Hush gadgets, compactable strollers and the baby version of My Food Bag are trying to make parenting easier for new mums and dads.

Around 1500 people are expected to soak up the 230 exhibits showing off all the latest parenting hacks at the annual Auckland Baby Show.

Auckland mother-of-one Angela Wedekind said expectations on mothers raising children were growing.

"Due to all this new information emerging mothers are expected to make sure their baby is fed well, sleeping well, their baby's emotional needs are met and I think technology seems to be moving along with that."


Annelise Clarke's business is on trend with technology. Clarke, an Auckland mother, launched a baby food delivery service with her husband Ryan after their world turned upside down last year with the arrival of their first born.

"[Our daughter] was born with pneumonia and we came pretty close to losing her so when it came to feeding her solids we decided to take advantage."

In a bid to discover foods suitable for their baby's fragile digestive system, the pair started experimenting with food at their former restaurant and it wasn't long before their Future Foody business grew.

"We are hearing more and more about how important nutrition is for babies in their first 1000 days and our service is about optimising that as well as providing convenience" Clarke said.

With nearly 2000 followers on Instagram, Future Foody was a trend many Auckland parents were latching on to.

The couple were exploring ways to expand beyond Auckland and looking at opening a retail store to help educate other parents on infant nutritional needs.

Angela Wedekind with her baby Harrison, aged one, orders baby food online to be delivered to her Epsom home. Photo / Doug Sherring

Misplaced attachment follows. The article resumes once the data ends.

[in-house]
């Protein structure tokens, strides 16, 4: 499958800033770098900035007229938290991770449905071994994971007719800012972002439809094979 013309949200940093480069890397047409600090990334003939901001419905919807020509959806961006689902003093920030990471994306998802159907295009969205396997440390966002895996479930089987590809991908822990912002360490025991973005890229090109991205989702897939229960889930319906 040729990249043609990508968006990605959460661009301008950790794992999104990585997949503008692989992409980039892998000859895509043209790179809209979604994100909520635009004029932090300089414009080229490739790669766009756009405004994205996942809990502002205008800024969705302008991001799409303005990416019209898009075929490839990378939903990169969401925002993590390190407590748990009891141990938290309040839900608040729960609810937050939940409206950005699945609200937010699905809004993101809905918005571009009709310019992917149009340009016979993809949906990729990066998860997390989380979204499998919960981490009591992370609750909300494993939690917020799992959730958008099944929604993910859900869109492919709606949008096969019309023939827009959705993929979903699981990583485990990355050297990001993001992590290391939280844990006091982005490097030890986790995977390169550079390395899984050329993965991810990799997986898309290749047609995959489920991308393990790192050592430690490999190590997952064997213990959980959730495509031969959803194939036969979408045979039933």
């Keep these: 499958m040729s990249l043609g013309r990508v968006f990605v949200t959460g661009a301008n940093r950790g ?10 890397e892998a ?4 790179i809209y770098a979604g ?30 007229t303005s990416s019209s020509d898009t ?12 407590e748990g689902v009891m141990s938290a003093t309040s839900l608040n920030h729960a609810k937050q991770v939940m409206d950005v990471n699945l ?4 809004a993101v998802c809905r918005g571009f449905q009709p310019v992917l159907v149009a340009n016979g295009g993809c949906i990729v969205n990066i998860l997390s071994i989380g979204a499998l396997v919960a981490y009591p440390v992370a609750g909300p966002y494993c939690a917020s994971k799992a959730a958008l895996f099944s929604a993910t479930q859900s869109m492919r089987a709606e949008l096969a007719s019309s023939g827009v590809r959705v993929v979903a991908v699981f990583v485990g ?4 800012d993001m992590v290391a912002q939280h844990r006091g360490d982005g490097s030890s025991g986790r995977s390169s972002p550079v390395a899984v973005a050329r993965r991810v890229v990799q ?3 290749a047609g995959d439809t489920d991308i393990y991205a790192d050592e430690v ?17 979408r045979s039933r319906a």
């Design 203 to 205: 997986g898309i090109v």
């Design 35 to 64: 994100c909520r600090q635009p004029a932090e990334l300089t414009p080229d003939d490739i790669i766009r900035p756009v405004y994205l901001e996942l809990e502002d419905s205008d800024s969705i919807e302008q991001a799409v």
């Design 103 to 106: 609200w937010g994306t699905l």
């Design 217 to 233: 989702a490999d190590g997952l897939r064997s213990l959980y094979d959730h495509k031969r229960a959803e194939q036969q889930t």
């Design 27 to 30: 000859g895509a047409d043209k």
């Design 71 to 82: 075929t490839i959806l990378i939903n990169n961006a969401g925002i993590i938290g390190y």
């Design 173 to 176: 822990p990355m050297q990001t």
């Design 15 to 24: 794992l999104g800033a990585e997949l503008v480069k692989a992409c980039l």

Angela Wedekind with her baby Harrison, aged one, orders baby food online to be delivered to her Epsom home. Photo / Doug Sherring

Wedekind - who started using Future Foody two weeks ago - said it was great because there was nothing out there like it.

"Often all the baby food out there is jammed packed with preservatives and things and I've been really conscience of what I'm feeding Harrison and Future Foody works. Especially considering I will be heading back to work next week."

Matt Anderson from The Sleep Store also appeared at the Baby Show distributing a sound device dubbed Hushh designed to send babies to sleep.

"The idea of the shushing comes from replicating what life was like in the womb because that's what babies hear."

He said the device was a top-seller because it was effective at calming newborns. Many parents, said Anderson, struggled with how to do that.

The old-school pram has also come a long way with Edward & Co's latest stroller that's able to fold up small enough to take as carry-on luggage and sturdy enough to carry up to 20kgs. The first of it's kind stroller was being launched at the show.

Edwards, whose family has been in the industry for more than 30 years, said the demand for these high-tech parenting products had never been greater.

"The market is a lot more competitive than it used to be. Parents expect the high-end quality stuff."

Much of that came down to life-style.

A survey Edwards conducted with around 500 parents showed that over half were travelling overseas with their little ones in the first 12 months of the baby's life.

"Travel is cheaper and families are a lot more spread out than they used to be which means parents are more inclined to travel with their newborns."

"This new stroller makes it easier for those parents to get around with newborns," Edwards said.

The company has more than 20,0000 followers on Facebook and 10,000 on Instagram.

This year is the 25th anniversary of the Baby Show. It runs until Sunday at the ASB Showgrounds.